If anybody has a chance to take current pictures, NELSAP would love to see them!

Many NELSAP readers remember this area:

P. Van-Ham contacted NELSAP with some more information:
"Yes, there was a lift operating there.  I never skied it myself, but do remember riding by with my parents and stopping to watch.  I know for sure that it was operating in 1971 and was used by the Derryfield High School (Manchester;  I think it closed a couple years after that and suspect that it opened in the mid sixties.  There was a central tow facing east on the north side of Rt 101 with a trail on either side.  This is all growing in now, but the wide open field at the base is still there.  My estimate is about 150 ft vertical. 

Bill McKeller: Bragdon's Hill was a slightly bigger hill several miles east of Amherst on Rt. 101 at the Bedford town line. It had lights for night skiing. I remember my brother Bruce and I taking ski lessons from Annie Middleton there in the 60's. During the early 70's I was on the Derryfield School Ski Team and we trained there and also held some of our ski meets there, at night usually.

In 1974 a group of us known as the New England Bushwackers learned to Hang Glide there. We flew there all year long since it was a poor snow year. I recall that on Thanksgiving day in 1974 we had over 300 cars lined up on Rt. 101 watching 12 of us hike up and fly down. This was the first hang gliding anyone had seen and the result was many illegal parking tickets handed out by the state and local police after the motorists ignored the police demands to not park there. Shortly after that dozens of No Parking signs were erected and remained there for years. We used to fly there all night when there was a full moon and an east wind.

Bill Keefe: The easterly slope at Bragdon's Farm in Amherst, New Hampshire is still pretty visible.  The Milford High School (MASH) ski team used that slope for training races in the early 1970s.  The tow was gone by then (or wasn't operating).  I can recall at least one training race there in 1971 or 1972.  The slope was still clear and had a good pitch.  The main attraction for the ski team, however, was the price, 0, and the hike up was good exercise.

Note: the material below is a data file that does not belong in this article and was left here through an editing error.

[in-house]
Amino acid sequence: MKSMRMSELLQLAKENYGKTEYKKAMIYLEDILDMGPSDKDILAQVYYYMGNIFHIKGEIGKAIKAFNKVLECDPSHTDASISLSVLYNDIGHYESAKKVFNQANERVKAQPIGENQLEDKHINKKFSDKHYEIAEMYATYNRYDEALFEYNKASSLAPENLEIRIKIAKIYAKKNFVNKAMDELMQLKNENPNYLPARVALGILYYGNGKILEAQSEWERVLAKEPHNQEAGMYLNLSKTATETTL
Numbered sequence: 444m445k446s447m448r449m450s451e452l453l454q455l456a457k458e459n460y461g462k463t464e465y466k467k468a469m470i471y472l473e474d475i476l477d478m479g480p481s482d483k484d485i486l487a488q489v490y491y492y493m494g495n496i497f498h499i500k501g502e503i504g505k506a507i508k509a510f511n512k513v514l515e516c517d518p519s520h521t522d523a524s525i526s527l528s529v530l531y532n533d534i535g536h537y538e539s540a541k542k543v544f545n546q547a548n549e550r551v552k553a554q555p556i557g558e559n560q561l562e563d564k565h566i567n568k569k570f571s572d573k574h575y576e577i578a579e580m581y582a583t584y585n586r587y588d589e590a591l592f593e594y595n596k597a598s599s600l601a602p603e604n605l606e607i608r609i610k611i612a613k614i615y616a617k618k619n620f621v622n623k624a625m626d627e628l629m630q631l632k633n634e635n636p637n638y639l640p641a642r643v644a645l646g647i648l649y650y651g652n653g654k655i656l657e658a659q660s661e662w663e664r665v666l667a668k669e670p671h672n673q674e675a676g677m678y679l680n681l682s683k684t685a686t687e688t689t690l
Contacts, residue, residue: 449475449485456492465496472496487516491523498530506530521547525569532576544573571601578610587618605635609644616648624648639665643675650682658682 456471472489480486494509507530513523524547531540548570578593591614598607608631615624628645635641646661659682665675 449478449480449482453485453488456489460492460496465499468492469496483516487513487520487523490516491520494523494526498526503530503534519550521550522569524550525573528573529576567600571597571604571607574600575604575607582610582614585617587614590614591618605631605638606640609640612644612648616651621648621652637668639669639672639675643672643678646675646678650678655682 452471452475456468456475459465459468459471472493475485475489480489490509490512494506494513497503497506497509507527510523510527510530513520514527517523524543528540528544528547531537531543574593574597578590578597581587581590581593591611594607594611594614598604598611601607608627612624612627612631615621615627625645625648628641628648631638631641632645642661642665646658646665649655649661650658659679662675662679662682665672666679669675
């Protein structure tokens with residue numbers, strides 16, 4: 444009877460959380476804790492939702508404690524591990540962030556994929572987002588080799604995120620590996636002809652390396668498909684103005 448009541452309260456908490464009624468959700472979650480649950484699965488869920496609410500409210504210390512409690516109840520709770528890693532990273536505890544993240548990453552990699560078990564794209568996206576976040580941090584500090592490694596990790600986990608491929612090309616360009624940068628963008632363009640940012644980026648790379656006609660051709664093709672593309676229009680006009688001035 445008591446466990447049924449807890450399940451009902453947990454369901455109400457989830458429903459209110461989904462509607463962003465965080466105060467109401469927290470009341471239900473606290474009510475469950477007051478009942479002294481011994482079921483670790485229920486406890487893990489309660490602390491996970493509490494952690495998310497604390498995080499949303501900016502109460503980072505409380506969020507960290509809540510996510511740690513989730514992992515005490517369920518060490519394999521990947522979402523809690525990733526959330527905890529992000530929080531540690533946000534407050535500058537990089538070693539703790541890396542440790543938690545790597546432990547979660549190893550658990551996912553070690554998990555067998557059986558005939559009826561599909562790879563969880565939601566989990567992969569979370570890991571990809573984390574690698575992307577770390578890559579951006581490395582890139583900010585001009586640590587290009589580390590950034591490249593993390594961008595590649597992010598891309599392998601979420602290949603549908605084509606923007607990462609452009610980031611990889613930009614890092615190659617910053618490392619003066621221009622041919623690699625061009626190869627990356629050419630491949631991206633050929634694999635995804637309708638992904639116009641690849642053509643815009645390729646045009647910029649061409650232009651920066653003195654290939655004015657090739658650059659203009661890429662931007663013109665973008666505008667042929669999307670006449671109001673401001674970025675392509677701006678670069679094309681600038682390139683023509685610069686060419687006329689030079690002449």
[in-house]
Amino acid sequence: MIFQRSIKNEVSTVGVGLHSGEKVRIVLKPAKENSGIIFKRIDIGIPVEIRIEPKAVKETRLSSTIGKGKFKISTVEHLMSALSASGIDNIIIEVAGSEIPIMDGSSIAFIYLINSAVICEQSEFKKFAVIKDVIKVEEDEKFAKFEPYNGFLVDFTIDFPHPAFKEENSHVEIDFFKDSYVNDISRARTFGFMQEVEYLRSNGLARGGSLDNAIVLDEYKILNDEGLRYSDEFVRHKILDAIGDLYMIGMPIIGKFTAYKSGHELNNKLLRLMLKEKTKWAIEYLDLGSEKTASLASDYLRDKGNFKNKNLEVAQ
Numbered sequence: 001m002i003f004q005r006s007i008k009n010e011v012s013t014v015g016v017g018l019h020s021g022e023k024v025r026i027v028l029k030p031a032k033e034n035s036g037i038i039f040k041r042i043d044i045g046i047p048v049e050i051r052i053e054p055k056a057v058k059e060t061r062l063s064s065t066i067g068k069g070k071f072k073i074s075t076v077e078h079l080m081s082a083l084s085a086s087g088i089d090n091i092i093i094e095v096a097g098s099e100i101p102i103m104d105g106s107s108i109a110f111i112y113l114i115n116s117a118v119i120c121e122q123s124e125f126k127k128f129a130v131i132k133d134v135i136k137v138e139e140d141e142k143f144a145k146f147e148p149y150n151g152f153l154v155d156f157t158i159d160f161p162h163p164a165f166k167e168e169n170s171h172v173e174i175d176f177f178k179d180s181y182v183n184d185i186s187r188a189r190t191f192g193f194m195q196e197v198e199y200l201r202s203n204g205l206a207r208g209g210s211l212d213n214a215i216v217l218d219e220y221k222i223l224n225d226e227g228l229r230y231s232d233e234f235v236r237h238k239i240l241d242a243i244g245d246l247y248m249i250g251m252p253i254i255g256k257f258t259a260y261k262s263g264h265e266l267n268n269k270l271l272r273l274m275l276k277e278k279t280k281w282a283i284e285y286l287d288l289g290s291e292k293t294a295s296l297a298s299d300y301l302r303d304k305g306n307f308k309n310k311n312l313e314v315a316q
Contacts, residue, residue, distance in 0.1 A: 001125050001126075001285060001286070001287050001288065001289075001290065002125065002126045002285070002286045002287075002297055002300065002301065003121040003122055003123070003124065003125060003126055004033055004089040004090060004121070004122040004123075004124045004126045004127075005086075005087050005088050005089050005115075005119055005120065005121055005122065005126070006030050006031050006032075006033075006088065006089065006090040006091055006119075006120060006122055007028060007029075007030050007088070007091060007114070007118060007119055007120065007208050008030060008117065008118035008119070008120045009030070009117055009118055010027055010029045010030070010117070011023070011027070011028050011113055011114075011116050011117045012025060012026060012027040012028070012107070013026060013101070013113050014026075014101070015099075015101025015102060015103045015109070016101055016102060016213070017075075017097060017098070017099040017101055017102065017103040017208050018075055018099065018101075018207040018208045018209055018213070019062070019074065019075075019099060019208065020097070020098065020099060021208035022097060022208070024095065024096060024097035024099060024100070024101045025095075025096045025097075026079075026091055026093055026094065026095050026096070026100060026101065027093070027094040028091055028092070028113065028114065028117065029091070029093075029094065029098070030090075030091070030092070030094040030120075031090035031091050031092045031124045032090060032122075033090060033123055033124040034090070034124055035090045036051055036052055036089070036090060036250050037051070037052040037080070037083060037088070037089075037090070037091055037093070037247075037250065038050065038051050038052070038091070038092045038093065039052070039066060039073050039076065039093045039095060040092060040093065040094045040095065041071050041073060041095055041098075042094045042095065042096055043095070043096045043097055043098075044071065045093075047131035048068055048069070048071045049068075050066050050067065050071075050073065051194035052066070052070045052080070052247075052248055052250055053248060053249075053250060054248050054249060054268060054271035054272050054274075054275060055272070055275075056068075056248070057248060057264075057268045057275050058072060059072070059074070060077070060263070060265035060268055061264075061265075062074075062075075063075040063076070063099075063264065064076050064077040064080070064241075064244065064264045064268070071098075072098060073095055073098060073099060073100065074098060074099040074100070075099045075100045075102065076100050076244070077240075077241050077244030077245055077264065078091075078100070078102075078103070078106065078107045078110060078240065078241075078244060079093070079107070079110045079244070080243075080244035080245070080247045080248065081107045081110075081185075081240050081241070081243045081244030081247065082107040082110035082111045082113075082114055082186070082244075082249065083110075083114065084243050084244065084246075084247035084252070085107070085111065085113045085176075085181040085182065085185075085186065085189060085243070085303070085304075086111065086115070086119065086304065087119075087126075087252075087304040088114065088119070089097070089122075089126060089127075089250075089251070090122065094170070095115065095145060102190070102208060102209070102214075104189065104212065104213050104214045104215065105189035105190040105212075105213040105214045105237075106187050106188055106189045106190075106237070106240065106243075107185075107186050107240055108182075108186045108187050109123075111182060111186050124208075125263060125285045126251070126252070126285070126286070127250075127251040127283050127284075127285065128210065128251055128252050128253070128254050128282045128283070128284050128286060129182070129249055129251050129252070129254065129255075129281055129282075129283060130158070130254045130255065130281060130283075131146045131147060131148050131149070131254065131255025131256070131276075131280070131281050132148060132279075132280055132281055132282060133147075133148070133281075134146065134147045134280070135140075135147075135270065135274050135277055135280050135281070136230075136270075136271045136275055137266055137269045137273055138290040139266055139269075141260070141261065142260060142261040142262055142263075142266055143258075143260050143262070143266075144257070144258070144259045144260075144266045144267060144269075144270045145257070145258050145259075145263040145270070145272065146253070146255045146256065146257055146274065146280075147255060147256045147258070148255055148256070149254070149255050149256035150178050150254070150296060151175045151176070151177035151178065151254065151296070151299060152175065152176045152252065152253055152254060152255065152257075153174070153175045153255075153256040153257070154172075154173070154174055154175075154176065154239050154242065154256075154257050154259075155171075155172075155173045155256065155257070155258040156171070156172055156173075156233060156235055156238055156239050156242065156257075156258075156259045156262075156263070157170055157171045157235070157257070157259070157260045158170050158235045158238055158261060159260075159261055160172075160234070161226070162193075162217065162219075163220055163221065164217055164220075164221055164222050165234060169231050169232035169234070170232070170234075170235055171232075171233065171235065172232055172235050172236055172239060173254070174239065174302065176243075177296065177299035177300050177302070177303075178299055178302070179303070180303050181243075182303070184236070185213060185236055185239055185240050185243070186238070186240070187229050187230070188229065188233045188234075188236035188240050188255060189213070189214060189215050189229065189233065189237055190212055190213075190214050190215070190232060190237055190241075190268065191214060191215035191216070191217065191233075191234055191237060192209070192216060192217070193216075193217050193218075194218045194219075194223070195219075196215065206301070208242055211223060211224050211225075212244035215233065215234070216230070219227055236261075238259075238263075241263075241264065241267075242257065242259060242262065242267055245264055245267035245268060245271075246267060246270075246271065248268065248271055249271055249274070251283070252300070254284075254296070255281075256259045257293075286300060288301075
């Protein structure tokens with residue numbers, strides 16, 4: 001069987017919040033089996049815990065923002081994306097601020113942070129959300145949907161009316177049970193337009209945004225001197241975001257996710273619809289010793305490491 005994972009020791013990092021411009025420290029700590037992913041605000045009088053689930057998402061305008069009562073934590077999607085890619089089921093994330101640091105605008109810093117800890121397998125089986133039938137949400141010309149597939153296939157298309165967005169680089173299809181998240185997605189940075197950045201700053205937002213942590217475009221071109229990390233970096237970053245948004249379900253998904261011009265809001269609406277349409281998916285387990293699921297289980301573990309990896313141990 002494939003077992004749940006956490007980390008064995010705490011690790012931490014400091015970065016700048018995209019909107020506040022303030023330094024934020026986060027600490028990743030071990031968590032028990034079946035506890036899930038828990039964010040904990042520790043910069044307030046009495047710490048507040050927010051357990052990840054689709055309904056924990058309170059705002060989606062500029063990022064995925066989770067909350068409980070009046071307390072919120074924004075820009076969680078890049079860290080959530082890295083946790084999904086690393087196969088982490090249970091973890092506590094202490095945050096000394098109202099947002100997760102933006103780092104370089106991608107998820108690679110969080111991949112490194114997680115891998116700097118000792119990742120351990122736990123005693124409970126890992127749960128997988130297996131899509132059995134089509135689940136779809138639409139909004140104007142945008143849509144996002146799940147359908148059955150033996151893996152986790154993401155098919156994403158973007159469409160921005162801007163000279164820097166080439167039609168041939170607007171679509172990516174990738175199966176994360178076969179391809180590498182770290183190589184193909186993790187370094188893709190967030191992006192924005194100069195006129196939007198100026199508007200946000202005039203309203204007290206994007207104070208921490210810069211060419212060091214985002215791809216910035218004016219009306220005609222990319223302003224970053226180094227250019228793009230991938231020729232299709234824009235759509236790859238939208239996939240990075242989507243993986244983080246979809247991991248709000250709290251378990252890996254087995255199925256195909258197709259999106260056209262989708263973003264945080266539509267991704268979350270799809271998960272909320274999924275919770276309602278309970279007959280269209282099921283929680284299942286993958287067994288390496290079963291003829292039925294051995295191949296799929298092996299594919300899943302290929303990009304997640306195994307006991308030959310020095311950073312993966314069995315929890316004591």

David Bailey: I just discovered your web site and share a fascination for the subject.  It was located on the north side of Rte 101 facing east just over the Bedford line in Amherst on property owned by the Bragdon Family who were prominent farmers. Family members still live on the property. It was a single rope tow and existed until the 70's (?) I believe. The slope can still be seen even though it is overgrown with saplings as it remained clear for many years.  I don't know when it opened.

Jim Pasqualoni: If you are traveling east, the former ski area, which I believe was run by the Amherst Town Recreation Department, sits to the left of Rte. 101.  The area can still be made out as a former ski hill, but it is no longer cleared. There is a sledding hill just opposite the road, but this was not the ski area operated by the town.  I'm not sure of the dates involved, but I believe that sometime during the late 60's or early 70's, the Amherst town ski hill, along with the rope tow, was moved to a location on Brook Road, in the Northern section of town.  I believe there was just the single rope tow, and the hill had a fairly steep grade.

Steve Biddle: I don't know too much about the area except that it contained cows in the summer and skiers in the winter. I skied it only once when the rope tow was operating, that must have been around 1968 or 1969. At the time I was only about 8 and the place seemed huge to me.

Tomcatm: As a kid I remember this area.  It was on the right side of the road if you are heading toward Amherst on route 101 west.  It had a rope tow but I don't remember it ever running.  As kids, by brother and friends would climb the hill and ski down.  It was pretty steep.  You can still see where the ski area was as the trees aren't grown as tall on the slope.  There is now a sliding hill across the street. 

If you have further information on this lost area, please email us, thanks!

Last updated: Dec 17, 2006